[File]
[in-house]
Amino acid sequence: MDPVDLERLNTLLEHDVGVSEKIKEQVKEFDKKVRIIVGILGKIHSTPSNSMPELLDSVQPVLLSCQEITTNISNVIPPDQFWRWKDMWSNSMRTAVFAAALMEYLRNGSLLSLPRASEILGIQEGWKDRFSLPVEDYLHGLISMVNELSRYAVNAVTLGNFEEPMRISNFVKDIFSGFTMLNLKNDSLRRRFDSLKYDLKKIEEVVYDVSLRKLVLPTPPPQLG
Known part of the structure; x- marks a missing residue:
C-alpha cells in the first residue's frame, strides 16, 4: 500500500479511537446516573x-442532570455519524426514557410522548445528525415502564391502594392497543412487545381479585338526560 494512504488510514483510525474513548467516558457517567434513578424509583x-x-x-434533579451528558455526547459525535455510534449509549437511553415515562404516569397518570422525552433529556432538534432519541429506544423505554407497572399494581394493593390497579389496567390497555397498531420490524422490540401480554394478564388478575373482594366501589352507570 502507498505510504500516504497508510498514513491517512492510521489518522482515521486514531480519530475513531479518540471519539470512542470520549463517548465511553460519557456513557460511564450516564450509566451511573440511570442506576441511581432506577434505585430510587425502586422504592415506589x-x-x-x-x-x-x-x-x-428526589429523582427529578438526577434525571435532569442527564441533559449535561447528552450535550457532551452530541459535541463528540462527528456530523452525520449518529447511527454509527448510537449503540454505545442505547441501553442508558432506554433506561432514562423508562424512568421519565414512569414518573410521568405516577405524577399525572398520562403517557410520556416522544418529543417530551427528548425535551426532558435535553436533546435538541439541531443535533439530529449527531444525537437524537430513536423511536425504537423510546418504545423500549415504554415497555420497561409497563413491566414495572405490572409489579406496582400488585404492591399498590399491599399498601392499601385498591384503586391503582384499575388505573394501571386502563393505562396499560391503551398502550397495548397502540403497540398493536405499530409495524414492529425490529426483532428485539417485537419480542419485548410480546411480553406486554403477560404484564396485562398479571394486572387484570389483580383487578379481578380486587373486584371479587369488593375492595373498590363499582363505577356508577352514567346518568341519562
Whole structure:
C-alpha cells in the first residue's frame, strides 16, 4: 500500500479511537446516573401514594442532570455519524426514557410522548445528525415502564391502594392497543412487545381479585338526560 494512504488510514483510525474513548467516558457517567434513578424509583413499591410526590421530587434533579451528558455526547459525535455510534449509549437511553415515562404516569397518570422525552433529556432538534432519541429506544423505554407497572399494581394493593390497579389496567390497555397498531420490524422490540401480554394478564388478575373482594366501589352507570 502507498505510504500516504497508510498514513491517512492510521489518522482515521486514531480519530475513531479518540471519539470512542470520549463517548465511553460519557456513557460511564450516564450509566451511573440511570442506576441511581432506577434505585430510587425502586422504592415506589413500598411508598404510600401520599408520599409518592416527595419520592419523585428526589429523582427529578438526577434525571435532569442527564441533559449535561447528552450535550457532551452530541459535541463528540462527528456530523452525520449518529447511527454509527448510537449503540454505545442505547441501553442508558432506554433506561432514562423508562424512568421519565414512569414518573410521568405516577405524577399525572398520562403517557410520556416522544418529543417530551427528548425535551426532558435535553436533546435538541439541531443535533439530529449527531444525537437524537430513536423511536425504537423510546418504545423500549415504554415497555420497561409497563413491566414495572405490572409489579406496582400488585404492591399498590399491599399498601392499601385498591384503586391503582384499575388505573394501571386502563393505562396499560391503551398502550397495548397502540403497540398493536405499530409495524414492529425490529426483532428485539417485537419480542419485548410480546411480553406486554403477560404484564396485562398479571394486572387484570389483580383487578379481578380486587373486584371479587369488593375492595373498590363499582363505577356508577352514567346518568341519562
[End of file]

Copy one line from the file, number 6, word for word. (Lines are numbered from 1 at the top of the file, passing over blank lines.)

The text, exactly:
C-alpha cells in the first residue's frame, strides 16, 4: 500500500479511537446516573401514594442532570455519524426514557410522548445528525415502564391502594392497543412487545381479585338526560 494512504488510514483510525474513548467516558457517567434513578424509583413499591410526590421530587434533579451528558455526547459525535455510534449509549437511553415515562404516569397518570422525552433529556432538534432519541429506544423505554407497572399494581394493593390497579389496567390497555397498531420490524422490540401480554394478564388478575373482594366501589352507570 502507498505510504500516504497508510498514513491517512492510521489518522482515521486514531480519530475513531479518540471519539470512542470520549463517548465511553460519557456513557460511564450516564450509566451511573440511570442506576441511581432506577434505585430510587425502586422504592415506589413500598411508598404510600401520599408520599409518592416527595419520592419523585428526589429523582427529578438526577434525571435532569442527564441533559449535561447528552450535550457532551452530541459535541463528540462527528456530523452525520449518529447511527454509527448510537449503540454505545442505547441501553442508558432506554433506561432514562423508562424512568421519565414512569414518573410521568405516577405524577399525572398520562403517557410520556416522544418529543417530551427528548425535551426532558435535553436533546435538541439541531443535533439530529449527531444525537437524537430513536423511536425504537423510546418504545423500549415504554415497555420497561409497563413491566414495572405490572409489579406496582400488585404492591399498590399491599399498601392499601385498591384503586391503582384499575388505573394501571386502563393505562396499560391503551398502550397495548397502540403497540398493536405499530409495524414492529425490529426483532428485539417485537419480542419485548410480546411480553406486554403477560404484564396485562398479571394486572387484570389483580383487578379481578380486587373486584371479587369488593375492595373498590363499582363505577356508577352514567346518568341519562